Tue, Jan 16, 2007 - Page 5 News List

More flooding sparks disease fears in Malaysian south

MOSQUITO WORRIES Murky waters brought by southern Malaysia's worst flooding in a century have authorities worried about the spread of malaria and dengue fever

AP , KUALA LUMPUR

A volunteer distributes food to a family whose house is submerged in floodwater in Kota Tinggi, Johor State, Malaysia, yesterday.

PHOTO: AP

More than 100,000 people have been evacuated in southern Malaysia, ravaged by massive flooding that raised fears of water and mosquito-borne diseases, officials and news reports said yesterday.

Officials were close to imposing a state of emergency in Johor state where heavy rains have triggered a new wave of flooding after a previous deluge last month killed at least 17 people.

No casualties have been reported in the latest floods, caused by heavy rains that began last Friday and continued for almost 72 hours.

Several relief centers in the hardest-hit Kota Tinggi area are also overcrowded and cannot take in any more evacuees, an official at the Johor state flood operations center said on condition of anonymity, as he was not authorized to speak to the media.

"We need donations of food. Some [relief] centers have no more space already," the official said. "Blankets and warm clothing are also needed."

The town is cut off, with floodwaters as high as 4m engulfing houses, petrol stations, blocking roads, the New Straits Times said.

"It's been raining from Friday to Sunday," said businessman Alvin Tan from Johor Baru.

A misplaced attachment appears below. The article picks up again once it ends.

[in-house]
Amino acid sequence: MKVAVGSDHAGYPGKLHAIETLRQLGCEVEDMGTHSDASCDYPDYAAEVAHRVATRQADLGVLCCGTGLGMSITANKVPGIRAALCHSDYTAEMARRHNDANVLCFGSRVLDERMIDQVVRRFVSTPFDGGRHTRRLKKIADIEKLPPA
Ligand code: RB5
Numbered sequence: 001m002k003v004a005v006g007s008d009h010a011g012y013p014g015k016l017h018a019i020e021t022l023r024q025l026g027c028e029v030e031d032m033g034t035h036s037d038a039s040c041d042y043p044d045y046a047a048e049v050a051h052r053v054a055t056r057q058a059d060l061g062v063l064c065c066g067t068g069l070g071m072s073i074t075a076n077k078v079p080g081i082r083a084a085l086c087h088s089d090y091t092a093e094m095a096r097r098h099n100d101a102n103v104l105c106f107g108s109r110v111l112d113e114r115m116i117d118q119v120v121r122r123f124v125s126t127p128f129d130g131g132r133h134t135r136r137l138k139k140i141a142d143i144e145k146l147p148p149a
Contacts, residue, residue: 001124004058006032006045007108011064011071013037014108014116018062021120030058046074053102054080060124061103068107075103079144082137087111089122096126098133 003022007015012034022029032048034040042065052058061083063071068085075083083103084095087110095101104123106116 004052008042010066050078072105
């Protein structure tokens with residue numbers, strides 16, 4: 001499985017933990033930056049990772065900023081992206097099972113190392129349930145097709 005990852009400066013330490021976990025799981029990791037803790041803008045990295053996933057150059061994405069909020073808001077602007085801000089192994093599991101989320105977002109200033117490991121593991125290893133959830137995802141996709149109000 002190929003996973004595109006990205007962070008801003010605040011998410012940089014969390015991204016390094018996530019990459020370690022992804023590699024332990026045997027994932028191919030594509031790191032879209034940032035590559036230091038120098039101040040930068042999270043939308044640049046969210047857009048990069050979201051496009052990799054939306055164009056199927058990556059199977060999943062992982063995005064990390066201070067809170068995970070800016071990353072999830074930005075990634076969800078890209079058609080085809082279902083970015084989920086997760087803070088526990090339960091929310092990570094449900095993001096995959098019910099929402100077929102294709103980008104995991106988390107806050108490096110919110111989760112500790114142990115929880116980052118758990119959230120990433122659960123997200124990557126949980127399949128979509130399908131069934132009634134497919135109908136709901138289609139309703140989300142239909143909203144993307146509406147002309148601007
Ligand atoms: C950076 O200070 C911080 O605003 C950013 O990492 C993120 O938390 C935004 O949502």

"A lot of groceries and provisions, even fish, there's either no stock or prices have all gone up," he said.

The fresh floods hit just a few weeks after many victims had returned home for a mammoth cleanup after the previous flooding -- the worst in a century -- that started on Dec. 19 and killed at least 17 people.

Prime Minister Abdullah Ahmad Badawi estimated losses at around 100 million ringgit (US$28.5 million).

The operations center official said there were currently about 110,000 flood victims in more than 300 relief centers in the state, and officials were on alert for the spread of diseases that can easily spread in the brown, murky water.

"We are also looking out for cholera, diarrhea and mosquito-borne illnesses like dengue and malaria," the official said.

He could not immediately say if there had been cases reported.

The New Straits Times newspaper on Monday also reported that in one relief center housing children in the state capital of Johor Baru, there was no rice left.

Malaysia's Meteorological Service said heavy rain was forecast for the area till the middle of the week.

The floods in historic Kota Tinggi town have been described as the worst in its history. Virtually the entire town was under water and only rooftops of houses and shops could be seen, images from the weekend's newspapers showed.

Johor has yet to declare a state of emergency, but one condition for its declaration has already been reached, the New Straits Times said.

"If the number [of those evacuated] exceeds 100,000 or the water level at dams reaches the `crash' level, we may declare a state of emergency," National Security

director in charge of disaster management Che Moin Umar said.

At relief centers, evacuees have been forced to sleep side-by-side in a cramped space.

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